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Home > Press > Venture Capital Pours into Nanotech, but Exits Are Uncertain

Abstract:
Nanotech venture capital totaled $480 million in 2005, bringing total investment to $2.0 billion

Venture Capital Pours into Nanotech, but Exits Are Uncertain

Lux Research

New York, NY | Posted on January 09, 2006

Venture capital (VC) funding for nanotechnology start-ups has been more notable by its absence than its presence to date. But investment is steadily rising: Institutional venture capitalists put $480 million into nanotechnology start-ups in 2005 – bringing total investment since 1995 to $2.0 billion – according to a new report from Lux Research entitled “Making Sense of Nanotech Venture Capital.”

“Venture capital investment for nanotechnology rose strongly in 2005 due to large, late-stage funding rounds for firms like Aspen Aerogels, Nanomix, and Nanosys,” said Lux Research Vice President of Research Matthew M. Nordan, lead author of the report. “But venture capital still remains a drop in the bucket of total nanotech investment, outstripped by corporate R&D spending and government funding by a factor of 19x. The reason is that the success of nanotech venture investing is still too early to call: Only 9% of venture-backed nanotech start-ups to date have achieved exits.”

To assess nanotech venture capital, Lux Research built a comprehensive database of all institutional venture capital investments in nanotech start-ups since 1995, covering 258 investments into 143 start-up companies spanning 13 countries. The deals include both publicly announced transactions as well as undisclosed investments sourced through Lux Research’s proprietary network. In addition, the report team spoke with partners at a representative sample of 28 top-tier venture capital firms to understand their experiences and expectations with nanotech start-up investments. Among the report’s highlights:

  • Venture capitalists are schizophrenic when it comes to nanotech. On one hand, most VC partners see nanotech as a more attractive field for investment than other domains like biotech and enterprise software. On the other hand, many VC partners that have made significant nanotech investments see their deals as high-risk placements with little visibility to an exit.
  • The success or failure of venture capital investments in nanotech is too early to call. Of the 143 start-up companies assessed, only 9% have been acquired or gone public; 83% continue to operate; and 8% are dead or in danger.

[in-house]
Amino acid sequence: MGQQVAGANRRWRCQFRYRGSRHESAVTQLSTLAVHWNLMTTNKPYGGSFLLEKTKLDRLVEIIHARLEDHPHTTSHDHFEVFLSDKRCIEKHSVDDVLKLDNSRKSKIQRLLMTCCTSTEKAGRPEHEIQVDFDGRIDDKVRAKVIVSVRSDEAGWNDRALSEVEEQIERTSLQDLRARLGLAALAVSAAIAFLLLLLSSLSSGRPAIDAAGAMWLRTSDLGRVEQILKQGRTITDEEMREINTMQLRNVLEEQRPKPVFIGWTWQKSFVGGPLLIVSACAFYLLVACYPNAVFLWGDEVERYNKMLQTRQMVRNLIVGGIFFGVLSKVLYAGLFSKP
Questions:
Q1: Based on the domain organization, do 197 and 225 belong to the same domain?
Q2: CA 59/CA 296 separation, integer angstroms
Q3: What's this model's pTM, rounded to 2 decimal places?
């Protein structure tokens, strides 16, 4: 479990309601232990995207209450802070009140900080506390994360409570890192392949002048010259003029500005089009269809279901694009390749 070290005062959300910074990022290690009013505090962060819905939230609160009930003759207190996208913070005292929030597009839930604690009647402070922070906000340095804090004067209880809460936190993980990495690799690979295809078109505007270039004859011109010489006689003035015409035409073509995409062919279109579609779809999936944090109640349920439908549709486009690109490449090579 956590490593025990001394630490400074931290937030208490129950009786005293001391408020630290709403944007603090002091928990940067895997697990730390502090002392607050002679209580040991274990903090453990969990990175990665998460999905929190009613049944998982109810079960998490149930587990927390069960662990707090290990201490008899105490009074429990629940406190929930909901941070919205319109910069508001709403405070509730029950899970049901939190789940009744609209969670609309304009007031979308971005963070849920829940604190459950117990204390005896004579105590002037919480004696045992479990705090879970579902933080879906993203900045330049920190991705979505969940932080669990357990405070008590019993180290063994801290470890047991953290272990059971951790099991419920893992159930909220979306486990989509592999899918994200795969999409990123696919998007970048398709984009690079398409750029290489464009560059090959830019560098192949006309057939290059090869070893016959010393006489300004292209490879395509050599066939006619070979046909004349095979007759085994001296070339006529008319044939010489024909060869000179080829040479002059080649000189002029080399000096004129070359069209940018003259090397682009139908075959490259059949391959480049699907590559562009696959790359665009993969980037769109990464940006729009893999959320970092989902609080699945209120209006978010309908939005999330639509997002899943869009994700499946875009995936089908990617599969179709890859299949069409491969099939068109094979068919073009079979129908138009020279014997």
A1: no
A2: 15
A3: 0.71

• Nanotech venture capital investment to date has been highly concentrated: The top 10% venture-backed start-ups account for 43% of total investment.

According to the report, nanotech deals differ significantly from investments in other domains, owing to diverse applications, multidisciplinary staffing requirements, pricing-power uncertainty, dependence on scientific innovation that can’t be reliably timed, and the absence of valuation metrics that could make interim exits possible. The report prescribes actions for VC investors to mitigate these challenges and provides metrics and indicators for risk.

“With four nanotech IPOs since the beginning of 2004 and multiple start-ups primed for public offerings or acquisitions, venture capital investments in nanotech will continue to rise,” said Nordan. “At the same time, investors in second-tier start-ups will be pushing their portfolio companies more aggressively towards exits. This will drive a round of consolidation between nanotech start-ups this year – and present opportunities for inexpensive acquisitions on the part of large corporations.”

“Making Sense of Nanotech Venture Capital” contains analysis of all nanotech institutional venture capital transactions to date by country, sector, funding round, deal size, and company status. It also presents data from interviews with 28 venture capital partners as well as five-year forecasts for nanotech VC funding in three scenarios. The report and its underlying data set are available immediately to clients of Lux Research’s Nanotechnology Strategies advisory service. For information on how to become a client, contact Rob Burns, Vice President of Sales, at (646) 723-0708.

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About Lux Research:
Lux Research is the world’s leading nanotechnology research and advisory firm. We help our clients make better decisions to profit from nanoscale science and technology, tapping into our analysts’ unique expertise and unrivaled network. Our clients include top decision makers at large corporations, portfolio managers and analysts at leading financial institutions, CEOs of the most innovative start-ups, and visionary public policy makers.

For more information, please click here

Contact:
Lux Research, Inc.
Peter Hebert
646-723-0702
peter.hebert@luxresearchinc.com

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